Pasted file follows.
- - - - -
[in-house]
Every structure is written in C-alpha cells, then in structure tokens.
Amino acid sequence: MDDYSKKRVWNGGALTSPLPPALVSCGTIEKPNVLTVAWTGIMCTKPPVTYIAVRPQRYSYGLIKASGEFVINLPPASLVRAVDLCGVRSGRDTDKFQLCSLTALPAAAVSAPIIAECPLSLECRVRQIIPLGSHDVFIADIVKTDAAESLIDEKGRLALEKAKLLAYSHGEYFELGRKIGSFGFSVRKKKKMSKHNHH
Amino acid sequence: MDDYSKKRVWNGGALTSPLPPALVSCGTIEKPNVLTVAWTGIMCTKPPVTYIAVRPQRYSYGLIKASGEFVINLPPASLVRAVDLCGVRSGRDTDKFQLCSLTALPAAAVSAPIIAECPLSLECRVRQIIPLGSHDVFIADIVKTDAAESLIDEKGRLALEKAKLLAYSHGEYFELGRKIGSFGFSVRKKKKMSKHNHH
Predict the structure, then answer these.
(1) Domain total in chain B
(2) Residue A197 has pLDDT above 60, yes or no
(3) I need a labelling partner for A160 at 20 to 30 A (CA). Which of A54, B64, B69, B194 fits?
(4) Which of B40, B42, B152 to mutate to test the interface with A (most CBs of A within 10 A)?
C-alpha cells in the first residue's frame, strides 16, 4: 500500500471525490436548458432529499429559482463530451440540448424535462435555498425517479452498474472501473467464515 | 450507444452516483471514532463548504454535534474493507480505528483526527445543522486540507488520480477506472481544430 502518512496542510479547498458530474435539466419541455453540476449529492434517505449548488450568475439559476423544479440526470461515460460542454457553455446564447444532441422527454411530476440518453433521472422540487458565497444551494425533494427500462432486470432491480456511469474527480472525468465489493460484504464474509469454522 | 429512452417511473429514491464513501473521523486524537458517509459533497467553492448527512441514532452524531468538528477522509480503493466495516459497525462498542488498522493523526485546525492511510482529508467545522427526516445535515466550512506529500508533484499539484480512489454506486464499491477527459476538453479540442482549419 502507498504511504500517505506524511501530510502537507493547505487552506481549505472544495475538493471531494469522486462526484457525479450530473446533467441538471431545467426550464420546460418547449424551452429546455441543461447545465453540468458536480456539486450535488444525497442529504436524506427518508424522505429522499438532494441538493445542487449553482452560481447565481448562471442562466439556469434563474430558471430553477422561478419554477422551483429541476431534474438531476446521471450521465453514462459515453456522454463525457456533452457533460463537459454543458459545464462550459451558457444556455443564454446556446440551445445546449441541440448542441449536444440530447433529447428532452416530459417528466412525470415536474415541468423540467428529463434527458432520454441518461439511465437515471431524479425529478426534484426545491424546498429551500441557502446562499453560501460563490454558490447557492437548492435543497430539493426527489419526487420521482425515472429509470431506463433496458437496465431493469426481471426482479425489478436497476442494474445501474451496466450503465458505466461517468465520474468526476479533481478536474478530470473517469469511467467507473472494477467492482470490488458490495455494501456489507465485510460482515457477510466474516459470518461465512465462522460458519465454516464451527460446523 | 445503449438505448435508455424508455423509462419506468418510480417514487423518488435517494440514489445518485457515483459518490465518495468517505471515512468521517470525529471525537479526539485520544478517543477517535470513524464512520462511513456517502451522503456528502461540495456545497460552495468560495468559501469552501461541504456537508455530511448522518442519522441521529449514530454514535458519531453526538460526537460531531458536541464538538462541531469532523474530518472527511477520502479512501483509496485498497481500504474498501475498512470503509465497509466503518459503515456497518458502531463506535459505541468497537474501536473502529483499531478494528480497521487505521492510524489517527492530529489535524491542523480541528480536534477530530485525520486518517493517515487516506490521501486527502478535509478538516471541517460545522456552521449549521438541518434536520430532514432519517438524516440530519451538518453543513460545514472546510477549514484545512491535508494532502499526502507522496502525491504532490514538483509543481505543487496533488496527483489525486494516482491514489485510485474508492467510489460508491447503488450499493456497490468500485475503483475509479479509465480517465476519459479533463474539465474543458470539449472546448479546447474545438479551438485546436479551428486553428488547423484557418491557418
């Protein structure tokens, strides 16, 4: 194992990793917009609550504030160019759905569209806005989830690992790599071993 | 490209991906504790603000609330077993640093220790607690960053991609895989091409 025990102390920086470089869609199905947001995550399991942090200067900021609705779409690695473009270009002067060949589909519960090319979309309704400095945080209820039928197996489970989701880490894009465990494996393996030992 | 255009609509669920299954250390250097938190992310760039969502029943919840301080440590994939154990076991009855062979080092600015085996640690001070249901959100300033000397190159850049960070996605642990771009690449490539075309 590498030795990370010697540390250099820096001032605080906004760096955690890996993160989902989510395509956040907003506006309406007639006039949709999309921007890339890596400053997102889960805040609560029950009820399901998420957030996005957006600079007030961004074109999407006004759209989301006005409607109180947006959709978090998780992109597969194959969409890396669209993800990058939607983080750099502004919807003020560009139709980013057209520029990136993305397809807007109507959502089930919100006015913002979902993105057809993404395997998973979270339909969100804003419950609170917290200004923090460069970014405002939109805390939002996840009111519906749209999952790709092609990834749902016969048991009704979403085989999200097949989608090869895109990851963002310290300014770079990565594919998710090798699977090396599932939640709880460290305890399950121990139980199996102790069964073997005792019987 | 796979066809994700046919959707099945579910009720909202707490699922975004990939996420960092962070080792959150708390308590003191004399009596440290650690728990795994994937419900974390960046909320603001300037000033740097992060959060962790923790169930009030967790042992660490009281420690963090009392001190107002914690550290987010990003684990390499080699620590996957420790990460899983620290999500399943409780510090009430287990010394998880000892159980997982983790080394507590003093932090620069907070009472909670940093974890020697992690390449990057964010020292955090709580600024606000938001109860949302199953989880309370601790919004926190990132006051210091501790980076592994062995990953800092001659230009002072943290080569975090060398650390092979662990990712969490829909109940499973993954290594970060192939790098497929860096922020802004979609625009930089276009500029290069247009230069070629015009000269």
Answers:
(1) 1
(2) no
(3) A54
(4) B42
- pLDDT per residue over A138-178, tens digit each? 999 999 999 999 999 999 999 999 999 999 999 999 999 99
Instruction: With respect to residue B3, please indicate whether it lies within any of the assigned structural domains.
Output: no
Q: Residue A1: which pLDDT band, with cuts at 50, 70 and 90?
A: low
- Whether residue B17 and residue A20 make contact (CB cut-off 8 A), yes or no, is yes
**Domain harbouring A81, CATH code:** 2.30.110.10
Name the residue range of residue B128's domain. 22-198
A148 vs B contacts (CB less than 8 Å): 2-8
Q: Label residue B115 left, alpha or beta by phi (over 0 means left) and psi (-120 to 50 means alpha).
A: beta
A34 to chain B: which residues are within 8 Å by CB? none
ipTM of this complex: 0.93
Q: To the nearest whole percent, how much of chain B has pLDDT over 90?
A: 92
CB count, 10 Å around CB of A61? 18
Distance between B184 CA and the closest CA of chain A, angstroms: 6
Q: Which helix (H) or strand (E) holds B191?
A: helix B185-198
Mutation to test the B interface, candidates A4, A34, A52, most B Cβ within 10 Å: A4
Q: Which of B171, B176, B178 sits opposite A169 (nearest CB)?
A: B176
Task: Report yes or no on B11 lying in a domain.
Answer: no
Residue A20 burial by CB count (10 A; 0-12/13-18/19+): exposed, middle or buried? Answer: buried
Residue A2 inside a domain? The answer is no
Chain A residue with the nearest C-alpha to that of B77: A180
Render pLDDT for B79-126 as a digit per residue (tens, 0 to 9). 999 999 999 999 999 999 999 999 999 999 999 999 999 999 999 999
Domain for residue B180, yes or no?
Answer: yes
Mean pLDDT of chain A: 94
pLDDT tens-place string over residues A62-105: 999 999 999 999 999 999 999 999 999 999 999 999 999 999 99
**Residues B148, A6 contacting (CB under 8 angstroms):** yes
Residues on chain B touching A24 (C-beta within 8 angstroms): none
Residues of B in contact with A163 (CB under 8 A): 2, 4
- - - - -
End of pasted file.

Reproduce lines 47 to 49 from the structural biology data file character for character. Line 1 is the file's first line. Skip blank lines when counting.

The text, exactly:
Mean pLDDT of chain A: 94
pLDDT tens-place string over residues A62-105: 999 999 999 999 999 999 999 999 999 999 999 999 999 999 99
**Residues B148, A6 contacting (CB under 8 angstroms):** yes